My first introduction to .NET was in the early alpha days, back in the early 2000s. In nearly the two decades that have passed since, it has matured into a very powerful platform. .NET as a platform has always had a great deal of polish that I haven't been able to find anywhere else. The ease of use and general technical excellence of the platform meant that I was delivering value at a consistent rate and with relatively little trouble.
That didn't make anything perfect, of course. The closed nature and the single platform that .NET was traditionally limited to took their toll. In particular, a bug fix that you found and reported might be fixed in the next release (18 months away) or not, with very little input or ability to understand what was going on.
And then the CoreCLR came along. In 2015, we made the decision to move the all of our applications and code into the CoreCLR.
That has been an amazing experience. The fact that I can dive into the source directly has made things so much simpler, and the fact that you can submit patches and interact directly with the core team has been an absolute joy. Our company has contributed several times (some code and mostly some interesting bug reproductions and perf issues) and has been continuously at awe at the level of commitment and (I have no other word) grace that we get from the team.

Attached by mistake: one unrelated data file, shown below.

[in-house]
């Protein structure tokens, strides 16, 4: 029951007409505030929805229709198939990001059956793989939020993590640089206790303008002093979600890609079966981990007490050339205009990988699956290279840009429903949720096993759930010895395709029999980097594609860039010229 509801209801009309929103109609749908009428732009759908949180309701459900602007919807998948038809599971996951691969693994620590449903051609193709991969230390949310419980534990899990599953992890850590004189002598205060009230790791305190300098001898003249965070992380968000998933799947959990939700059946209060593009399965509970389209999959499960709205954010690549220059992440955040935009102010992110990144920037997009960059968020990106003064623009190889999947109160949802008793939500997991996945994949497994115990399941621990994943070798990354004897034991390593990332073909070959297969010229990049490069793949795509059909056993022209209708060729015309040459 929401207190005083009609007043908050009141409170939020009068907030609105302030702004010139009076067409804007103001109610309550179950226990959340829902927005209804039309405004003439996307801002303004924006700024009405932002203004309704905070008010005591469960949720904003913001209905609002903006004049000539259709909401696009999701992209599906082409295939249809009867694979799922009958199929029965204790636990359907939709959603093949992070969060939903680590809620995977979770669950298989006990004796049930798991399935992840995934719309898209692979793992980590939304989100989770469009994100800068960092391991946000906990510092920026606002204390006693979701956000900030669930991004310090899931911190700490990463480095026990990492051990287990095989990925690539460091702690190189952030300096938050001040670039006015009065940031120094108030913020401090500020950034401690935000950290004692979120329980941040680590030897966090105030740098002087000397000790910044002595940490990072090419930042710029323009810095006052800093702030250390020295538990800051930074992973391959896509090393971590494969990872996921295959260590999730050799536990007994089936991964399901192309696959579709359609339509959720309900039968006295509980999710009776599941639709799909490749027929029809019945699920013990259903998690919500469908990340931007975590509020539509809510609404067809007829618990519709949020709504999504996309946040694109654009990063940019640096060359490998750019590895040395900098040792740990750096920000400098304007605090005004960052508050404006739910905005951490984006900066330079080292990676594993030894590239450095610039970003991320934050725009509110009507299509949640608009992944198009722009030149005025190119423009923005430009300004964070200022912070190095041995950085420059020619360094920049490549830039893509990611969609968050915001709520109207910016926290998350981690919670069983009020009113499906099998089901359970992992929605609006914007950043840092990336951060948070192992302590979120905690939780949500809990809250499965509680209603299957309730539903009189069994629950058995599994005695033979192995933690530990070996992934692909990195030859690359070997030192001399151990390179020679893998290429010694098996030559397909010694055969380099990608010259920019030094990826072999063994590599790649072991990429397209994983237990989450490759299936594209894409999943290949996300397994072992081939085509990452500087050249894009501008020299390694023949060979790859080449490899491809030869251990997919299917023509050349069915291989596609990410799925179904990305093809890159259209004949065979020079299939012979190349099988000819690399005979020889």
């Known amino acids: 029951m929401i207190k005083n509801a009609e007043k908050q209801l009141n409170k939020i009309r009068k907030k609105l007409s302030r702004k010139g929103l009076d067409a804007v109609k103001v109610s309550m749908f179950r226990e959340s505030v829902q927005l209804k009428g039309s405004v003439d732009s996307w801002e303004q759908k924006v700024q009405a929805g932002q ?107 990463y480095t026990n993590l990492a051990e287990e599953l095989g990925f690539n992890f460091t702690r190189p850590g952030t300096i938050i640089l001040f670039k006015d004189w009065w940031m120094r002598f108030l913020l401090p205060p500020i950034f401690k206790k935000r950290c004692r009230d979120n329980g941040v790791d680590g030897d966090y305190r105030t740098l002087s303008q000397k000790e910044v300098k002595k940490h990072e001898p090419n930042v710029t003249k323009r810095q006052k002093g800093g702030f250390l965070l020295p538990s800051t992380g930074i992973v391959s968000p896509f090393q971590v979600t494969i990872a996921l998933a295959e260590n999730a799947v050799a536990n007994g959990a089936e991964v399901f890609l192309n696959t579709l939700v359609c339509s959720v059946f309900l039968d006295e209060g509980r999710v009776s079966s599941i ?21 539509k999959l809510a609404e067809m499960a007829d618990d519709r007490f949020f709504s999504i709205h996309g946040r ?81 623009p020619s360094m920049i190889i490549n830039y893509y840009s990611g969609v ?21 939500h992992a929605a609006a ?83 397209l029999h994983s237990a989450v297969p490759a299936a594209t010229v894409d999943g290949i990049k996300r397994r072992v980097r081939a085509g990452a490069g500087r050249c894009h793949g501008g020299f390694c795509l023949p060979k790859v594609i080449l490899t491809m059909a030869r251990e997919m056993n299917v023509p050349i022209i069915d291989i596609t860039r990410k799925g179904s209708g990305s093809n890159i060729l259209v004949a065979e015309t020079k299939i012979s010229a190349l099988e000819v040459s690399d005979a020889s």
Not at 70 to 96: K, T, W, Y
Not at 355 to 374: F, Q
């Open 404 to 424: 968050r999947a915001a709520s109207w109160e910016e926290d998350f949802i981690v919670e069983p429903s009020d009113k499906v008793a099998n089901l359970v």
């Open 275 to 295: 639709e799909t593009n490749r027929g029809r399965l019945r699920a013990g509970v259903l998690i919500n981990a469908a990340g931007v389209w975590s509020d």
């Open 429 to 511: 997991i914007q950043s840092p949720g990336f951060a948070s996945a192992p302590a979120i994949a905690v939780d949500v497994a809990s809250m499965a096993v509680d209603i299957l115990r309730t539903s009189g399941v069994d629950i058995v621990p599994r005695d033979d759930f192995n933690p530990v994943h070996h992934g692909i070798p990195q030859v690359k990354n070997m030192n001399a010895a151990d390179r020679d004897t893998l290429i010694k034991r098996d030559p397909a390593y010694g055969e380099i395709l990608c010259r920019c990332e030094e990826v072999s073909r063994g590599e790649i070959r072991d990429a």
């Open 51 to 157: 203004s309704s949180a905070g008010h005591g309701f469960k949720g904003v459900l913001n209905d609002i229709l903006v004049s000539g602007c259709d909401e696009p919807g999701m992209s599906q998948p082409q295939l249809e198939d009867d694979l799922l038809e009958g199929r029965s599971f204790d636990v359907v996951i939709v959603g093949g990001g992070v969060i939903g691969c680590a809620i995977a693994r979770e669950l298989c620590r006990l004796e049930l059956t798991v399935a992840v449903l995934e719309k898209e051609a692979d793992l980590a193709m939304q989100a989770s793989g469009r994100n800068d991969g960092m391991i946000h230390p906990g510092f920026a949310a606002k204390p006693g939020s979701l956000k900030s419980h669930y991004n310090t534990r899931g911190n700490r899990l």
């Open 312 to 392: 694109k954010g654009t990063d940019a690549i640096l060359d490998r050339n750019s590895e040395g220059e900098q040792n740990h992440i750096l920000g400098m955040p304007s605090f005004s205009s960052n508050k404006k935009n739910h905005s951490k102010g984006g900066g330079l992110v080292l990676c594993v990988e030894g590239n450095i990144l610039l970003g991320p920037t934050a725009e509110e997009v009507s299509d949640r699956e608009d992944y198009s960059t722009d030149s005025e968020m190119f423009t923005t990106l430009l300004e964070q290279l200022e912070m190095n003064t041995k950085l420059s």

The fact that we can now run .NET code (and our product) on Windows, Linux, Raspberry PI(!) and Mac has been a great boon to us. We recently deployed our software to a whole lot of industrial robots running custom ARM boards. That is something that would have just been unimaginable every as much as five years ago.
In pretty much respects, the overall community, the core team, the engineering quality and the fact that it brings the polish that I've gotten so used to in environments where you are generally left cobbling things all by yourself means that it is my platform of choice for projects big and small.